By Richard Fraser, Editor
16 January 2020 + update of 6 February 2020 below video link
In the Education Debate of 15 January 2020 in the Scottish Parliament, MSPs voted for a full review of the senior phase of the Curriculum for Excellence. Education Secretary John Swinney was defeated in an attempt to block calls for a comprehensive review.
The Education and Skills Committee is already undertaking an independent review of the senior phase of Curriculum for Excellence, but the Conservatives put forward a motion calling for that inquiry to be extended to include ‘a full review of the broad general education and how it articulates with the senior phase’.
The motion was backed by 63 votes with 60 against.
The MSPs also urged the government to accept there were ‘some key weaknesses in some key aspects of Scotland’s school education and the qualifications structure that challenge its claim that Scotland’s schools are producing “a strong set of results”’.
Scottish Conservative education spokeswoman Liz Smith said there were some ‘encouraging aspects of attainment in Scottish schools’ but cited the recent Programme for International Assessment (PISA) results, saying that, although reading scores had improved, they were ‘not back to 2012 levels’. She also highlighted ‘the four-year decline in Higher pass rates’.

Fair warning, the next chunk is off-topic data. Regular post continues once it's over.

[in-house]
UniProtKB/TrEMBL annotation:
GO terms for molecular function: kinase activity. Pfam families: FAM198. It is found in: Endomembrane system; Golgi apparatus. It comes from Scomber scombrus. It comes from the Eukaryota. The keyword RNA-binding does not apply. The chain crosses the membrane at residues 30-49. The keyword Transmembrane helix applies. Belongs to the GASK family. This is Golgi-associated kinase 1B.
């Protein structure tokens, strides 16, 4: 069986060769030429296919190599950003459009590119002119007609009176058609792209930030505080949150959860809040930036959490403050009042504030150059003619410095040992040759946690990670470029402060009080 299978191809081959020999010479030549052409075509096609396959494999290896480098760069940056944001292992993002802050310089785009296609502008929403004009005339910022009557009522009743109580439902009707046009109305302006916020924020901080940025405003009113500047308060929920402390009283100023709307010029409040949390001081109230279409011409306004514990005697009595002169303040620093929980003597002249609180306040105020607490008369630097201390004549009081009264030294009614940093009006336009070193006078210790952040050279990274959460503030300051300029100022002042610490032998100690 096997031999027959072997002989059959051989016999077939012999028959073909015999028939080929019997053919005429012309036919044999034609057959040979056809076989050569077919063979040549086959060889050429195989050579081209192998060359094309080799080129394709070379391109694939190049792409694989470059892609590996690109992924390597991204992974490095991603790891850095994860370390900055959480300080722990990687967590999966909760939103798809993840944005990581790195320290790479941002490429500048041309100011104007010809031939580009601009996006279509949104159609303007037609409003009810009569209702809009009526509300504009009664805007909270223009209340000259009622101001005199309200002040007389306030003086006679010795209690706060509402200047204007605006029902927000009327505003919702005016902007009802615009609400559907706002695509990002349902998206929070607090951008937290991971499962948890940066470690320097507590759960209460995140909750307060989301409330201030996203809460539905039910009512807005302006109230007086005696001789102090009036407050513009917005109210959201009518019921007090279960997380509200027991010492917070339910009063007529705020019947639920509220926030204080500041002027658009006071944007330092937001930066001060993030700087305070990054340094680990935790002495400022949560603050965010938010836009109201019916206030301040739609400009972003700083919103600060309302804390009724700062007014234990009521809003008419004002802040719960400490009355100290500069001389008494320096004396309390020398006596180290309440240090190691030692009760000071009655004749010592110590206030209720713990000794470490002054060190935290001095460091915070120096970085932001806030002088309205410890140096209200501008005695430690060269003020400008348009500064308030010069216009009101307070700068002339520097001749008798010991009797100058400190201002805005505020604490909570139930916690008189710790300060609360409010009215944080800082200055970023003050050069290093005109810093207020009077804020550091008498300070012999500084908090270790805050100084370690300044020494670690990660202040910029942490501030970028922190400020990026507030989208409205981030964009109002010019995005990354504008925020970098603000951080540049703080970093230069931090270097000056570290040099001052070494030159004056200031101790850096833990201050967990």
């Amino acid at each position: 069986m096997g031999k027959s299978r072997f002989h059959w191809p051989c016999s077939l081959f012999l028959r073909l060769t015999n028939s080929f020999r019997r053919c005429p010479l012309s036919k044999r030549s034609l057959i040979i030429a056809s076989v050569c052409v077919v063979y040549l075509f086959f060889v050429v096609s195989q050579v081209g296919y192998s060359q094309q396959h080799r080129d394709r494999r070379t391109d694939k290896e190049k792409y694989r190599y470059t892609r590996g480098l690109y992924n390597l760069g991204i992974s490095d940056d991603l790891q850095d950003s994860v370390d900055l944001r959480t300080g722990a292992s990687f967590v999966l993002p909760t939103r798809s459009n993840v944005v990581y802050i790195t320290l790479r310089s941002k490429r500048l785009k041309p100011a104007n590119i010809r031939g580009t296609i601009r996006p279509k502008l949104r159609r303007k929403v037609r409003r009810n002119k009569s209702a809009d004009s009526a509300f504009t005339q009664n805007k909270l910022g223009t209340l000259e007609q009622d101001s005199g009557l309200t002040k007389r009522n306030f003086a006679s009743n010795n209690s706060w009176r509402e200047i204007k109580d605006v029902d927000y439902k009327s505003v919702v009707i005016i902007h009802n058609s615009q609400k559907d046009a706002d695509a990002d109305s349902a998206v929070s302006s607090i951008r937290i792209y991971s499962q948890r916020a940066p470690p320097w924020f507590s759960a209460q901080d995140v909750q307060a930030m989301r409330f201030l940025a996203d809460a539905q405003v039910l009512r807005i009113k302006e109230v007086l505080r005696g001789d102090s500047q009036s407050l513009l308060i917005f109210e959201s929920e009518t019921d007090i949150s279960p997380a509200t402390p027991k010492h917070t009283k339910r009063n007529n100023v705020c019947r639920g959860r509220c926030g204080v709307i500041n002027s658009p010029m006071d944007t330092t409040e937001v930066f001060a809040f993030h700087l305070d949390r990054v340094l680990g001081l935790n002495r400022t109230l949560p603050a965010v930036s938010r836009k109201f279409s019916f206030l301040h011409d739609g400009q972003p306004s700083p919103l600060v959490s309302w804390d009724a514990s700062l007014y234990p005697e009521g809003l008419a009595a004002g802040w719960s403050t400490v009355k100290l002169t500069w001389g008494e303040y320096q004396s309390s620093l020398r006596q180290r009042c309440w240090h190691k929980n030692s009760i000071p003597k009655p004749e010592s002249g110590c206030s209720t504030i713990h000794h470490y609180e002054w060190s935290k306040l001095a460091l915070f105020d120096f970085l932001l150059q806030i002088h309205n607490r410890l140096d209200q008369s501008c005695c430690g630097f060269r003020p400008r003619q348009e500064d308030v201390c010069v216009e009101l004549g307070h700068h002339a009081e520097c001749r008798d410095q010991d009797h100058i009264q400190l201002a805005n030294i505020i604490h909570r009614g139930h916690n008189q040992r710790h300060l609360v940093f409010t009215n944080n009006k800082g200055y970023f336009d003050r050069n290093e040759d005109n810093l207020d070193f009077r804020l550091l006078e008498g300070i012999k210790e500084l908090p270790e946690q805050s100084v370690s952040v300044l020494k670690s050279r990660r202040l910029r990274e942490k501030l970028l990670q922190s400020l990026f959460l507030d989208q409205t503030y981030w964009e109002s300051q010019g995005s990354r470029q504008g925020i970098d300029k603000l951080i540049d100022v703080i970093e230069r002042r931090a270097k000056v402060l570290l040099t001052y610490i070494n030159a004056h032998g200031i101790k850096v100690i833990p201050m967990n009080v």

Mr Swinney argued that the Organisation for Economic Cooperation and Development (OECD) had reviewed the broad general education – which runs from age three to 15 – back in 2015 and the Scottish Government was in the process of implementing those recommendations.
Click on the image to watch the debate of 15 January 2020 (opens in new window):
Update: 6 February 2020
Education Secretary John Swinney has written to Holyrood's education committee (pdf), announcing his decision to widen the review to cover the whole of Curriculum for Excellence, rather than just focus on the senior phase.
The Organisation of Economic Co-operation and Development (OECD) will lead the expanded review, with the findings due early next year (BBC News).